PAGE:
What can you do to help your cat if they suffer from anxiety? First, your cat needs to be examined by your veterinarian to make sure there are no underlying medical problems.

Your veterinarian can discuss with you some medication options or refer to you an expert in the field—a board-certified veterinary behaviorist.

No matter the direction you take, the use of anti-anxiety medication is just one part of the treatment plan. The other part involves management and behavior modification.

How Cat Anxiety Medications Work

Cat anxiety can manifest itself in a variety of ways, so there are both long-term and short-term anti-anxiety medications available.

Long-Term Anxiety Medications for Cats

Some cat anxiety medications are long-term maintenance medications, meaning they can take 4-6 weeks to take full effect. They also are meant to be taken daily.

If the medication is helping, the cat should be kept on it for a minimum of 2-3 months. Once your cat’s behavior is stable, they can be gradually weaned off the medication.

Some cats benefit from staying on anti-anxiety medications for 6-12 months or longer periods. These cats should get a yearly examination, bloodwork, and a behavior reevaluation to ensure that they are still on the best treatment plan for their needs.

Short-Term Anxiety Medications for Cats 

Other anti-anxiety medications are short-term; they take effect in a shorter period of time and only last for several hours.

They are intended to be used for certain situations where your cat experiences increased levels of anxiety and stress.

These medications typically do not require your cat to be weaned off them if they’re not used consistently.

Types of Cat Anxiety Medications

Please keep in mind that the use of all human medications to treat cats with anxiety disorders is off-label.

Here is a list of the most commonly prescribed anti-anxiety medications and their potential side effects. (A small percentage of cat patients may experience side effects while on a medication.)

Click to Jump to a specific section:

Fluoxetine

Indications: Generalized anxiety (moderate to severe anxiety); aggression directed towards people, cats or other animals; compulsive behavior; urine spraying; inappropriate urination; panic disorder; and fearful behavior.

Fluoxetine is classified as a selective-serotonin reuptake inhibitor (SSRI). It blocks the receptors in the brain from taking up and removing serotonin, which allows for a higher serotonin level.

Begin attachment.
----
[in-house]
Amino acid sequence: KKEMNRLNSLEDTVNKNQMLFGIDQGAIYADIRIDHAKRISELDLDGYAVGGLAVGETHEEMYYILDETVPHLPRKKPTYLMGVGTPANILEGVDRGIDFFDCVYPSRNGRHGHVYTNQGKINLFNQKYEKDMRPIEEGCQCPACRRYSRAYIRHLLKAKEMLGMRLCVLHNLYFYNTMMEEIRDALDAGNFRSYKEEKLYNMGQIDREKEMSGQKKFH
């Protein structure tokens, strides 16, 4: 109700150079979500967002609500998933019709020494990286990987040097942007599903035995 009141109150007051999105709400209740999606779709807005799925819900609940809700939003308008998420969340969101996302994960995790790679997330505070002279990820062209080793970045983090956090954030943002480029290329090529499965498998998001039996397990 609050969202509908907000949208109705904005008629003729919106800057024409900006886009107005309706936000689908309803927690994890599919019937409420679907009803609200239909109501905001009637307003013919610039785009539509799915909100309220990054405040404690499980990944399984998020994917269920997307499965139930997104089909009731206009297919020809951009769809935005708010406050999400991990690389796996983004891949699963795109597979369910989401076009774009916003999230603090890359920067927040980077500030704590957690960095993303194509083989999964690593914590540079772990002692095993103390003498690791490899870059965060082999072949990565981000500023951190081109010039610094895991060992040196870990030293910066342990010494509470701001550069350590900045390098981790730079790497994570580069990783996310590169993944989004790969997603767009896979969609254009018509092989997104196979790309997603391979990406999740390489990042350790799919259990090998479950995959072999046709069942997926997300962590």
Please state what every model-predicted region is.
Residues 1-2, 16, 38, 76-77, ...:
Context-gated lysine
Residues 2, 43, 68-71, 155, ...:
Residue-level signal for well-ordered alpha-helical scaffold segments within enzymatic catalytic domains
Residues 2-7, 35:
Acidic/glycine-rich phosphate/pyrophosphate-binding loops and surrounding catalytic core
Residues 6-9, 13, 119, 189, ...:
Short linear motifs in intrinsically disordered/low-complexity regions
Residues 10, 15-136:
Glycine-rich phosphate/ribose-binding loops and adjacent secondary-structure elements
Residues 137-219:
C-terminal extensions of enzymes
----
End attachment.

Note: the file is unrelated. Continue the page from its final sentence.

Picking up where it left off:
Serotonin helps modulate mood and behavior. Increased amounts of serotonin in the brain can help decrease anxiety and reduce reactivity and impulsive behavior.

This medication takes 4-6 weeks to take effect and must be given once daily.

It’s typically dispensed in tablet form and needs to be cut into the appropriate size for cats. It can be compounded by specialty pharmacies into flavored, chewable tablets, capsules, or flavored liquids.

Some potential side effects include:

  • Vomiting
  • Diarrhea
  • Agitation
  • Sedation
  • Lethargy
  • Decreased appetite

Most of the side effects improve after the first 1-2 weeks. If your cat’s appetite is affected, this medication should be discontinued and replaced by an alternative.

Paroxetine

Indications: Generalized anxiety (moderate to severe anxiety), aggression directed towards people or other cats, compulsive behavior, urine spraying, inappropriate urination, and fearful behavior.

Paroxetine is another SSRI that increases the amount of serotonin in the brain. It’s a good alternative for cats that become agitated or have decreased appetite on fluoxetine. It is less sedating compared to fluoxetine.

This medication takes 4-6 weeks to take effect. It must be given once daily and should not be abruptly discontinued.

This medication should be used with caution in cats with heart disease.

It’s typically dispensed in tablet form and needs to be cut to the appropriate size for cats. It can be compounded by specialty pharmacies into flavored chewable tablets, capsules, or flavored liquids.

Some potential side effects include:

  • Sedation
  • Lethargy
  • Constipation
  • Vomiting
  • Difficulty urinating

Sertraline

Indications: Generalized anxiety (mild to moderate anxiety), inappropriate elimination, and fearful behavior.

This SSRI takes 4-6 weeks to take full effect. It must be given once daily and should not be abruptly discontinued.

This medication typically needs to be compounded by specialty pharmacies into flavored chewable tablets, capsules, or flavored liquids.

The smallest tablet is too large even when cut into quarter tablets.

Some potential side effects include:

  • Sedation
  • Lethargy
  • Agitation
  • Decreased appetite

However, this medication is less likely to cause side effects compared to the other SSRIs.

Clomipramine

Indications: Generalized anxiety (moderate to severe anxiety); aggression directed towards people, cats, or other animals; compulsive behavior; urine spraying; inappropriate urination; panic disorder; and fearful behavior.

Clompiramine is a tricyclic antidepressant (TCA) that modulates serotonin and norepinephrine receptors to reduce anxiety and aggressive behavior.

This medication takes 4-6 weeks to take effect. It must be given once daily and should not be abruptly discontinued.

Some potential side effects include:

  • Vomiting
  • Diarrhea
  • Agitation
  • Sedation
  • Lethargy
  • Dry mouth
  • Decreased appetite

This medication should be used with caution in cats with heart disease.

Buspirone

Indications: Generalized anxiety (mild to moderate anxiety), and fearful behavior.